Luther had his doubts about some New Testament books as well. Of Jude, he wrote, “He quotes sayings and stories found nowhere else.” “Although I praise the book, it is an epistle that need not be counted among the chief books.” “St. James is really an epistle of straw compared to them for it has nothing of the nature of the Gospel about it.” It is “not the writing of any apostle."30
Luther's disdain of the Epistle of James results from the fact that James wrote of works, as opposed to the faith of Paul’s writings, and “does not mention the Passion, the Resurrection, or the Spirit of Christ.” Luther concluded his preface to James: “All of the genuinely sacred books agree in this that all of them preach Christ and deal with Him. That is the test to judge all books, when we see whether they deal with Christ or not, since all the Scriptures show us Christ (Rom. 3) and St. Paul will know nothing but Christ (I Corinthians 15).” “What does not teach Christ is not apostolic, even though St. Peter or St. Paul taught it; again, what preaches Christ would be apostolic, even though Judas, Annas, Pilate and Herod did it.” “St. John’s Gospel and his first epistle, St. Paul's epistles, especially Romans, Galatians and Ephesians and St. Peter’s first epistle are the books that show you Christ and teach you all that is good and necessary for you to know.” He went on to call these books the “kernel and marrow of all books.”
Having placed emphasis on the New Testament books that glorified Christ, Luther ended up discounting four of the doubtful seven writings to which Erasmus had reference: Hebrews (which refused a second forgiveness to apostates), James (which seemed to exalt works at the expense of justifying faith), Jude (which Luther thought derived from 2 Peter and gave no clear witness to Christ), and Revelation (which was not clear and did not properly teach Christ, being, in Luther's opinion, neither apostolic nor prophetic). All these he placed at the end of the New Testament in his translation. Another reformer, John Calvin, similarly rejected the book of Revelation from the canon.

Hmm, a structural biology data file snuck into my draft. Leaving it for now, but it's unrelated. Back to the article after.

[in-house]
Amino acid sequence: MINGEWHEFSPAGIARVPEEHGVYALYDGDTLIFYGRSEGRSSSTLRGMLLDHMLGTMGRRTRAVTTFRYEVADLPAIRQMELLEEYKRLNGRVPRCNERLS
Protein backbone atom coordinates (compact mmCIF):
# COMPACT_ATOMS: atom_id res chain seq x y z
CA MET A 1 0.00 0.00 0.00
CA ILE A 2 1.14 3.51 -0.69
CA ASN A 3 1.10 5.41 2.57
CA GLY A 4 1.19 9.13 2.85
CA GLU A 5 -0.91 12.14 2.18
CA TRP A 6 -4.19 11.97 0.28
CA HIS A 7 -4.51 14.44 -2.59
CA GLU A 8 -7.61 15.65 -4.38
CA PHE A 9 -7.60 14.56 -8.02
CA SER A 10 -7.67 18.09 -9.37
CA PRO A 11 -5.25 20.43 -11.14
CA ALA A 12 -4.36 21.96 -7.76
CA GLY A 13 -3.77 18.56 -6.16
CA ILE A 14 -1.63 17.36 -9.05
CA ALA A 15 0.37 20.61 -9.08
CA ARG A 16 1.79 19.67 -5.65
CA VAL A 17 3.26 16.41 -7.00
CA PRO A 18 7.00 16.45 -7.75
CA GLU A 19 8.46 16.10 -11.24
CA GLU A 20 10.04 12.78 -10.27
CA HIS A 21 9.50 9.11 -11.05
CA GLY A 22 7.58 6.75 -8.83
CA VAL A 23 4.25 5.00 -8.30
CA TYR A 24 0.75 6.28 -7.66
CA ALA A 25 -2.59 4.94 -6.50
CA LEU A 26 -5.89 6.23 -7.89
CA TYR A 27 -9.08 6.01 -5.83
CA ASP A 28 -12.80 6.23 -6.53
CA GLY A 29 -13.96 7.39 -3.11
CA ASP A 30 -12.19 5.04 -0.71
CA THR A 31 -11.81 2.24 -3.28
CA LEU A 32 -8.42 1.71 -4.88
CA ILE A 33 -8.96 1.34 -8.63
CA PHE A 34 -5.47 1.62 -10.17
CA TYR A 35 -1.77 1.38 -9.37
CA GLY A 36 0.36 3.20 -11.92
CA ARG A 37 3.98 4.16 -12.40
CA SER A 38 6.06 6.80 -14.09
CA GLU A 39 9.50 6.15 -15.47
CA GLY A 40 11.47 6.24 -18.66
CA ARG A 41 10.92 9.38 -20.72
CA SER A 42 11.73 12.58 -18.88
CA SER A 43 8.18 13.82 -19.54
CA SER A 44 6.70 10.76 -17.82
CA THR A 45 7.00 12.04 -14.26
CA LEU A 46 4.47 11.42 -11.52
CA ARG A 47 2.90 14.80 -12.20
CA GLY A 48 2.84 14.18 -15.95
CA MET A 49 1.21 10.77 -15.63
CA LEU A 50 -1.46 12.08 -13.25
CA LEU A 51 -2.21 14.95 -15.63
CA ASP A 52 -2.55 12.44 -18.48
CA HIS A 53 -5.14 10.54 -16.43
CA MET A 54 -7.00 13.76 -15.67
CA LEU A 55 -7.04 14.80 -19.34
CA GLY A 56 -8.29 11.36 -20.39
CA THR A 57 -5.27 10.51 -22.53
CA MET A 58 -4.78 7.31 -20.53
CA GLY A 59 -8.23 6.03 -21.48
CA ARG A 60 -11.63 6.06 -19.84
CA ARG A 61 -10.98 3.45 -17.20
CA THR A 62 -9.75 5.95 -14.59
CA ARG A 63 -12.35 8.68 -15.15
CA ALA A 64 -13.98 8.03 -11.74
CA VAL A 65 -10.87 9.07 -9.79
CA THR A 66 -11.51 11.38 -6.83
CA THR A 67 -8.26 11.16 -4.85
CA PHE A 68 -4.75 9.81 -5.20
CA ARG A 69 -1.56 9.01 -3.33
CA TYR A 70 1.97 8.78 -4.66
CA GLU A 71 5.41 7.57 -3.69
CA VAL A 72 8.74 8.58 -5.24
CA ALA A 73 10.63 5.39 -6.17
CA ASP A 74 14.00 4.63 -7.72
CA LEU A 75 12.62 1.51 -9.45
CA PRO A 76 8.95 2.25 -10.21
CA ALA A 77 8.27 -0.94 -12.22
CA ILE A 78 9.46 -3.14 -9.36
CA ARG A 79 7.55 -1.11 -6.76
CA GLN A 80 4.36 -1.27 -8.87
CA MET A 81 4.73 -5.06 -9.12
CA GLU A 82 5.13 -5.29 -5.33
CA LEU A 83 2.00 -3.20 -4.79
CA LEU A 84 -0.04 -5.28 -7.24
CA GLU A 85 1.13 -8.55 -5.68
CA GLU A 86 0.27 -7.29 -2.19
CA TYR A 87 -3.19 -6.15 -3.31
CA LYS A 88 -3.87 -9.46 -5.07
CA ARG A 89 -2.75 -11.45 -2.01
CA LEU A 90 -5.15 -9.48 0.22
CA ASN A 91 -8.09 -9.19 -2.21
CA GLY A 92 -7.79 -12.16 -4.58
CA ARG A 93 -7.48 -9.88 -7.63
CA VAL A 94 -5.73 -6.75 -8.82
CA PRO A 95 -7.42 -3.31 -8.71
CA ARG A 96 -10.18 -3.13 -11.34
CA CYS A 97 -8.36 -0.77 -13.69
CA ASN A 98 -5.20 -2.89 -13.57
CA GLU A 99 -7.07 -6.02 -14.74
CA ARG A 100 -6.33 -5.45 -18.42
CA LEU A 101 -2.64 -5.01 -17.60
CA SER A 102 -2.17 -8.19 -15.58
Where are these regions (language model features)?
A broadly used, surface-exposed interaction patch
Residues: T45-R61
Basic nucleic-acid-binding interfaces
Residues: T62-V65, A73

Luther's definition of canon is clearly at variance with the one that Wilson cites from Irenaeus (p. 30) and with his list of “three criteria”:31 “Apostolic origin . . . Continuous usage by the church . . . Harmony with the Old Testament and apostolic teaching” (pp. 31-32). By contrast, Luther cared not whether an apostle or a non-Christian wrote the book, as long as he glorified Christ and taught faith, nor did he care about ties to the Old Testament.
To his credit, Wilson acknowledges that “the epistle of Clement, the epistle of Barnabas, the Shepherd of Hermas, and the apocalypse of Peter” were popular among early Christians (p. 32). But he is too dogmatic in his assertion that “the rejected books failed to meet the basic criteria of verified apostolic origin and were not in full harmony with known apostolic teaching” (p. 32). The very fact that early Christians accepted them, while Christians living centuries after the apostles judged them to not be authoritative, should make us question their rejection. Wilson notes that, “by the last half of the second century there was already universal agreement among the far-flung Christian congregations regarding the inspired nature of 20 of the 27 New Testament books,” adding that “by the end of the fourth century recognition of these [other seven] books also was virtually universal” (p. 30). Again, we ask, why should the opinion of fourth-century Christians be more valid than that of second-century Christians?